$4 Billion in New Taxes and Fees on the Table
Will it bring jobs back or just prolong the recession?
Today in Colorado, a series of legislative proposals and proposed ballot measures would impose billions of dollars of higher taxes and fees on a state economy that’s struggling to restart after the COVID-19 shutdown.
Under normal economic conditions, reasonable minds can differ about the appropriate size and scope of government and the commensurate level of taxation needed to support it. But after an unprecedented economic shock, there are serious and immediate consequences to permanently raising taxes, fees or other government-mandated costs.
With so many businesses on the brink of survival, and hundreds of thousands of Coloradans needing jobs, is now the right time to make it more expensive for businesses to stay open and put people back to work? That is the question confronting policymakers and the public in the days, weeks and months ahead.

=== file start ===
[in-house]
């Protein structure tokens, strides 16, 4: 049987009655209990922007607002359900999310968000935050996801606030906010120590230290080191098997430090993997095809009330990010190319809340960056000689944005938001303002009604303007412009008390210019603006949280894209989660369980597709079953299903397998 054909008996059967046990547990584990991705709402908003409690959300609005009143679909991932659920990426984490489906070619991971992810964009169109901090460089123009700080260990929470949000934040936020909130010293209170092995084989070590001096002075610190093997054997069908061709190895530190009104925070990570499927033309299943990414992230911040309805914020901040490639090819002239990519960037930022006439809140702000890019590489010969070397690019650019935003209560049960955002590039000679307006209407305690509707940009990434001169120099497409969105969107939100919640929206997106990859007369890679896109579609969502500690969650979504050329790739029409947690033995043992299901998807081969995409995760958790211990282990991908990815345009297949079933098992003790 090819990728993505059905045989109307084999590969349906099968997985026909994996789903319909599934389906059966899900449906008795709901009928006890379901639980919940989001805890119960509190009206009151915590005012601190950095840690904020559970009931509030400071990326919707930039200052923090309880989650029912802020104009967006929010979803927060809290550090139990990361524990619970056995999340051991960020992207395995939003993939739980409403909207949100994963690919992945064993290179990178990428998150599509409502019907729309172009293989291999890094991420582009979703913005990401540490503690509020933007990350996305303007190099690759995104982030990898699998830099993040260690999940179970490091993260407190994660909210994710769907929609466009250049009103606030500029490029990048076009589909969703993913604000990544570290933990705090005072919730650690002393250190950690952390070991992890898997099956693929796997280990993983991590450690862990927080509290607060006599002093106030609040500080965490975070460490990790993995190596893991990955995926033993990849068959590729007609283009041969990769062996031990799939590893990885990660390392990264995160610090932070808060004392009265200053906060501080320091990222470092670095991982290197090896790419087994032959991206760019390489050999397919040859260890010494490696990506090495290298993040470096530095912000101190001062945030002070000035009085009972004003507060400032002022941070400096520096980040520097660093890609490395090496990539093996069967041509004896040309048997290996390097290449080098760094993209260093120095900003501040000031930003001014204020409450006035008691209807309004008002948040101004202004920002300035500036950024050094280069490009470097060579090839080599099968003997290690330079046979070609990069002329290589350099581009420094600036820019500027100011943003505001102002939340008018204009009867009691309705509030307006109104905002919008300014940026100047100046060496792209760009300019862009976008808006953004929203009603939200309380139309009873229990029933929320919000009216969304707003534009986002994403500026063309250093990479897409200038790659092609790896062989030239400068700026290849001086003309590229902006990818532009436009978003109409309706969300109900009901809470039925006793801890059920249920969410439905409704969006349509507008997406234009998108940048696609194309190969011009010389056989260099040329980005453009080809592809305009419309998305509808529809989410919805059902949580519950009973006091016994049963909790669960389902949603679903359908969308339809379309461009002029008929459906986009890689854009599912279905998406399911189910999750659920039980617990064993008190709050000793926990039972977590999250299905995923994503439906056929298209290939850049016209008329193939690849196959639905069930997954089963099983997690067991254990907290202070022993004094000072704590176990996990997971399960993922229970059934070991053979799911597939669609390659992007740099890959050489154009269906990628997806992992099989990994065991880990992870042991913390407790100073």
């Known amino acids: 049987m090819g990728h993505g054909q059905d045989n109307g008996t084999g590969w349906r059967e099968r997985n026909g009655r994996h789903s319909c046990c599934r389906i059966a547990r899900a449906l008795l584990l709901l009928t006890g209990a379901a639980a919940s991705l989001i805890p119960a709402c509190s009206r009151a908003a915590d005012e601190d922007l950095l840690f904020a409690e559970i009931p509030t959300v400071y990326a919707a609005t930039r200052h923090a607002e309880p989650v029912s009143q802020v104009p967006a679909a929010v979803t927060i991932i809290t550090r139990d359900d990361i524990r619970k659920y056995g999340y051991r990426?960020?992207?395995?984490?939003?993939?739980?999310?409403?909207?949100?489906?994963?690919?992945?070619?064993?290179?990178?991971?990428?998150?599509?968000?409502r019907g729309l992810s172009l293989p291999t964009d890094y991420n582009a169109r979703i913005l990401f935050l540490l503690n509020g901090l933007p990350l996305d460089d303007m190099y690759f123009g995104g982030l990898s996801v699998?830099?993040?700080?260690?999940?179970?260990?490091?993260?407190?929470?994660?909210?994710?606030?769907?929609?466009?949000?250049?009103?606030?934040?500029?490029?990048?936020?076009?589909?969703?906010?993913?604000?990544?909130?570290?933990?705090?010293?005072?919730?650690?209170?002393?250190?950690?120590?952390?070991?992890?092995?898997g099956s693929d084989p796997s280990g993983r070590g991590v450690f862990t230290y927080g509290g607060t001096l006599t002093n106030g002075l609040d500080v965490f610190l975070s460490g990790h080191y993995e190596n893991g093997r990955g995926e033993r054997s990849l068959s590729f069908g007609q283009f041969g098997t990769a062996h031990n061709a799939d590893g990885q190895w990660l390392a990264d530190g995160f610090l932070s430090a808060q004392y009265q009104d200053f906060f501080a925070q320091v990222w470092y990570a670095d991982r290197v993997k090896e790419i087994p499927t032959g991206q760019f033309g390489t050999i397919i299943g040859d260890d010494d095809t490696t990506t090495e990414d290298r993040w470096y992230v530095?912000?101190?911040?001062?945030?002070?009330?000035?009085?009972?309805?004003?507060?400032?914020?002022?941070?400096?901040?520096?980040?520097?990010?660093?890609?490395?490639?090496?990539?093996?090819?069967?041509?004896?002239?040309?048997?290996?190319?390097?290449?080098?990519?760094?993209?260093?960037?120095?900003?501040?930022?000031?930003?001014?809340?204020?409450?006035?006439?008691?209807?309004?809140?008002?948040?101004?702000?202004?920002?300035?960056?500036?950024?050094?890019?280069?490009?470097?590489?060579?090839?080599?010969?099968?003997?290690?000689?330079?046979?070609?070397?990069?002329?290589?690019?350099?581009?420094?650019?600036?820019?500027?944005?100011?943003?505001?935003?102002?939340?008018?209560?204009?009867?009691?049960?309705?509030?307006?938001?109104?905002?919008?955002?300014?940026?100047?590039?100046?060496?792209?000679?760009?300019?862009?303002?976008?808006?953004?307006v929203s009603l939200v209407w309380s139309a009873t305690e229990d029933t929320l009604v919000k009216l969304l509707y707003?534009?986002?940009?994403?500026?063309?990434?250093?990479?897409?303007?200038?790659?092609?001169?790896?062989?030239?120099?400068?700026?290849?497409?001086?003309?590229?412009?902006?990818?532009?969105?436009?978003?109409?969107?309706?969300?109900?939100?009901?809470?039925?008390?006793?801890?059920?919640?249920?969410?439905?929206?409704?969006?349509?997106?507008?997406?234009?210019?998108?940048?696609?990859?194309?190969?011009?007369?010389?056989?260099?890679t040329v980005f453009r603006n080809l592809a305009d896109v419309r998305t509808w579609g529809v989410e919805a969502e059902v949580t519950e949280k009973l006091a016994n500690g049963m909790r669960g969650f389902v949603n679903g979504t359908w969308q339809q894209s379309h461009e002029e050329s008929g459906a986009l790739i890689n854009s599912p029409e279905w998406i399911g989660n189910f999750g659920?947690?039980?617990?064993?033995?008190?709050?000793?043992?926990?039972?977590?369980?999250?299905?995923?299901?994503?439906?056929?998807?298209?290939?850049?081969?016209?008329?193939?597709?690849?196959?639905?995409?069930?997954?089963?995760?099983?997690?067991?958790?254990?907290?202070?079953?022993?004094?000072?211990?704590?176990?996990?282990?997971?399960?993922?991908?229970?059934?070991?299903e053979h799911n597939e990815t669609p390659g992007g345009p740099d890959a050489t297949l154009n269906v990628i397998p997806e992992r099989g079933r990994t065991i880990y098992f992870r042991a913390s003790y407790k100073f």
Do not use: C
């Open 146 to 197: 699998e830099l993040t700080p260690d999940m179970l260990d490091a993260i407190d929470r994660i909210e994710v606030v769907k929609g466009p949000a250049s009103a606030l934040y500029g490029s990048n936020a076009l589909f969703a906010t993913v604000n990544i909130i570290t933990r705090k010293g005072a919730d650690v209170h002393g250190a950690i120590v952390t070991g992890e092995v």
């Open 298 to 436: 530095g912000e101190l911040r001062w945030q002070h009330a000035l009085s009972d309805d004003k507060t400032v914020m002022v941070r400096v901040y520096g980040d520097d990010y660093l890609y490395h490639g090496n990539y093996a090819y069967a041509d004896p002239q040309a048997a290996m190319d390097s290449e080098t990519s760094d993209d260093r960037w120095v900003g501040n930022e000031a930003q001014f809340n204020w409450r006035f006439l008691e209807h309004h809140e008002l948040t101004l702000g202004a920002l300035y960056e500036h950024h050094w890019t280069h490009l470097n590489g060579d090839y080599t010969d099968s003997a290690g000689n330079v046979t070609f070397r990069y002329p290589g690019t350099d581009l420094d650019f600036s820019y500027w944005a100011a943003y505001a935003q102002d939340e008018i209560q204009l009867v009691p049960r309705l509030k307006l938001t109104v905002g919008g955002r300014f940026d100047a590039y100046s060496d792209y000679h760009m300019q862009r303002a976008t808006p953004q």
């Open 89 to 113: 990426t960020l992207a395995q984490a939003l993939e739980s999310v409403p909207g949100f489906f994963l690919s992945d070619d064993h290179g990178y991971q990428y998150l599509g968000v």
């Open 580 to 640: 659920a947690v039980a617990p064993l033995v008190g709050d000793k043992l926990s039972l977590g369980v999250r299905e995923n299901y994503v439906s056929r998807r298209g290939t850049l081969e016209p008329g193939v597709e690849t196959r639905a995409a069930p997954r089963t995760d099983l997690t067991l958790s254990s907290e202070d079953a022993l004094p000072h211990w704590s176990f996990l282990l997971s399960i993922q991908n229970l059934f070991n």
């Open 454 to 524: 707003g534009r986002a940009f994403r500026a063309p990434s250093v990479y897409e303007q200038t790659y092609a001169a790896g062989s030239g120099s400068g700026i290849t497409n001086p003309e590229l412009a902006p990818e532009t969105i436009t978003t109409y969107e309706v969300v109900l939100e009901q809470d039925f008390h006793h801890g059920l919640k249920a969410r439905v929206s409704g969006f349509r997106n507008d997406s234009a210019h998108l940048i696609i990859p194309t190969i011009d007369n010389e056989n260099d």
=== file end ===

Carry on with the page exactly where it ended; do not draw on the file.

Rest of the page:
Initially, legislative leaders answered this question with a three-part test: To win approval, all new laws must be “fast, friendly and free.” But things are changing fast.
As of early June 2020, the Common Sense Institute has identified a series of bills and ballot measures that would collectively impose $4.156 Billion in new taxes, fees and other costs on businesses and working families in Colorado:
These measures don’t even include the list of new regulatory changes which will add new costs to businesses in order to comply– but their price tag has yet to be fully calculated.
Without a doubt, the COVID-19 shock has created massive budget challenges for state lawmakers. In effect, the free-enterprise system and all the tax revenue it generates was shut down without warning and has just started to reopen. The faster the free-enterprise system can recover, as businesses return to profitability and workers return to their jobs, the faster tax revenues and the state budget will rebound.
Proposals that simply increase taxes, fees and other costs in the short term should be closely scrutinized for unintended consequences that slow down, not speed up, the recovery of Colorado’s free-enterprise system and the tax revenue it generates.
Learn more at www.commonsenseinstituteco.org